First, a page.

The dark clouds of social inflation and greater construction claim severity have been brewing for a number of years, according to Ben Beauvais (pictured immediately above), construction executive, distribution, for Liberty Mutual Global Risk Solutions (GRS). He said the particularly challenging area from a P&C perspective has been in the lead umbrella market. Liability claims started trending upwards as early as 2014 or 2015, when a number of carriers noticed an uptick in losses in the $5 million to $10 million range. As a long-tail line of business, many of the losses that emanated from the accident years of 2014 and 2015 only started to manifest in 2017, 2018 and sometimes 2019, hence why the momentum for a market correction in the lead umbrella space has only reached its peak more recently.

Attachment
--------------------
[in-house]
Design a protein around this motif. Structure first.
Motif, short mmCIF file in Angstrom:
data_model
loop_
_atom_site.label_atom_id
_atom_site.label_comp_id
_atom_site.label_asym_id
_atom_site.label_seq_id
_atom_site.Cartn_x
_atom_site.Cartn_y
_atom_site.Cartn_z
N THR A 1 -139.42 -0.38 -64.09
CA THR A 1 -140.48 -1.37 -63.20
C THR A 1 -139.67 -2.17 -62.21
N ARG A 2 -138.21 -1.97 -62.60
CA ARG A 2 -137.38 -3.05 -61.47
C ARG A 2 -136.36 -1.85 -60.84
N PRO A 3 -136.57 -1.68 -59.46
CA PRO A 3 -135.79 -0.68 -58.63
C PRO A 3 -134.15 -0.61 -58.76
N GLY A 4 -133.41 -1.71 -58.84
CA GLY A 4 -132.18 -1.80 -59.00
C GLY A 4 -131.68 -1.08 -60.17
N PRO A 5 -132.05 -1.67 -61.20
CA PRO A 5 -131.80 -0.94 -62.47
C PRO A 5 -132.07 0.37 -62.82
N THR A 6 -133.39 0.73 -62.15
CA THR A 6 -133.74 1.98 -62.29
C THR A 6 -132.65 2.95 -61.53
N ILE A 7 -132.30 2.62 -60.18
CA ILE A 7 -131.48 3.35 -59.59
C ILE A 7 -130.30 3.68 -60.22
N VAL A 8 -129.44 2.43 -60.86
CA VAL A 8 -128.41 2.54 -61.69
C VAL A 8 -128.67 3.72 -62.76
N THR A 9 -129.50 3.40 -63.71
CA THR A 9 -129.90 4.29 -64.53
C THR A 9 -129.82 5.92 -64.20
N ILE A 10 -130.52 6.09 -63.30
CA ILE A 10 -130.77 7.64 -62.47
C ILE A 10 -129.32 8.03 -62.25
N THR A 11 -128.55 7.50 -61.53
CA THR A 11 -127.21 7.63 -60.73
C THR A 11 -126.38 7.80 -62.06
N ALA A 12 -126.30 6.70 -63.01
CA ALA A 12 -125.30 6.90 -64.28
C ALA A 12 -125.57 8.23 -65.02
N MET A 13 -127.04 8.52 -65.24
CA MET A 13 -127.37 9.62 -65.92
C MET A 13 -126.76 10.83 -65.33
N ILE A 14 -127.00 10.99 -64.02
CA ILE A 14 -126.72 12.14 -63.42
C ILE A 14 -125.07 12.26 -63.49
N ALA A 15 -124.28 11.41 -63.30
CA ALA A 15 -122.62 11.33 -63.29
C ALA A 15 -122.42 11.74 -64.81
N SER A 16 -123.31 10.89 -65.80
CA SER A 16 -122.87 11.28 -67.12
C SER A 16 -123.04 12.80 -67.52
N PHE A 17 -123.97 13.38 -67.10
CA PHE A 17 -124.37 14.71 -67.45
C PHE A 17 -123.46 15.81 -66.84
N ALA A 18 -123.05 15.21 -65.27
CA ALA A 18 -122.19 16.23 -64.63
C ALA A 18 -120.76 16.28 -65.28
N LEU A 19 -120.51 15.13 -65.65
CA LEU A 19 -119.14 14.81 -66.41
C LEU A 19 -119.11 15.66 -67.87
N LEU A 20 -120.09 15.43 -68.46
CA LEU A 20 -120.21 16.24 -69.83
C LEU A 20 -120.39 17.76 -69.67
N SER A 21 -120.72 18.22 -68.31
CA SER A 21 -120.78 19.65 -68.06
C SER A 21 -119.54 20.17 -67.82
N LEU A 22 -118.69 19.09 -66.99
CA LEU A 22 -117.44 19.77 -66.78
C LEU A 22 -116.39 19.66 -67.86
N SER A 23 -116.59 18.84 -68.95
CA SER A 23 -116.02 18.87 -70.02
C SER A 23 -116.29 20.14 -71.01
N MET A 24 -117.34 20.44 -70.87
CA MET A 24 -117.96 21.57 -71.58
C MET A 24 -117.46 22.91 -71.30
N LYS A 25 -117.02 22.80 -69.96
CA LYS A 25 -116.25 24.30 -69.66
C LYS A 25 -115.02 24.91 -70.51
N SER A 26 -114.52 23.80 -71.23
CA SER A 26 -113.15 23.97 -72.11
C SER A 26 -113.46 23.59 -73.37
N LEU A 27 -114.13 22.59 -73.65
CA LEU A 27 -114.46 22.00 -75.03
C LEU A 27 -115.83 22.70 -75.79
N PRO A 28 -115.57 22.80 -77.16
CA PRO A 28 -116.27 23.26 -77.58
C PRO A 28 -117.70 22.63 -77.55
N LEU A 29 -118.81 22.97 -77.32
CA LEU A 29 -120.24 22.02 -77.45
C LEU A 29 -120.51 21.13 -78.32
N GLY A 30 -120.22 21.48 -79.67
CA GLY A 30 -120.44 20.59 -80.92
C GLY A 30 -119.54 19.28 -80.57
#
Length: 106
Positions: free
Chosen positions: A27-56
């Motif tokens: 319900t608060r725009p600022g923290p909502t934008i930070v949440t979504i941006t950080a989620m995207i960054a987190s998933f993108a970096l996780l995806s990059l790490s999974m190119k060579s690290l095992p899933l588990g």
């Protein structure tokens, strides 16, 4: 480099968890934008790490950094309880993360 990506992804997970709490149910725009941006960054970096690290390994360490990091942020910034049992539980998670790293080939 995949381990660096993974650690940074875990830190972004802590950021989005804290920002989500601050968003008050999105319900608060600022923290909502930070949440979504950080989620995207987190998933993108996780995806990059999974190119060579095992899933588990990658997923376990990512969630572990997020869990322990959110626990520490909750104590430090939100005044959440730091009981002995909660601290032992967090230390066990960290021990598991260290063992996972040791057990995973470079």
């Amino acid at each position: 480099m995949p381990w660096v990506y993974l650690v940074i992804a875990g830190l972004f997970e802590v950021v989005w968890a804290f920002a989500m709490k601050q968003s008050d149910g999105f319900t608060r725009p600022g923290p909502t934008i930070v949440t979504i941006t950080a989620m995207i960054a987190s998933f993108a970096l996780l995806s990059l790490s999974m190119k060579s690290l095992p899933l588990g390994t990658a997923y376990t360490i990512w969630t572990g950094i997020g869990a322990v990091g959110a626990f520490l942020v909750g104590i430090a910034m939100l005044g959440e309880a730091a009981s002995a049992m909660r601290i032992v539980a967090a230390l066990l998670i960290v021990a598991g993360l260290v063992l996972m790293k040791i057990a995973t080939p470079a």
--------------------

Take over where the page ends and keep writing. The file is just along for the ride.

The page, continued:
“Back in 2016, $25 million was the nominal limit deployment that we saw on a lead umbrella, but by 2019, we saw that get pulled back to somewhere between $10 million and $15 million. Now we’re seeing the limit pulled as low as $5 million in the lead umbrella space – all depending on the type of risk,” said Beauvais. “There’s been a substantial pullback in limit, and the availability of capacity in the lead space has dramatically altered. Once you get above $15 million to $25 million, there is more discipline in the pricing, and more availability of capacity, but it’s definitely a much more challenged market in both the lead umbrella space and in the full-form excess space that sits above the lead.”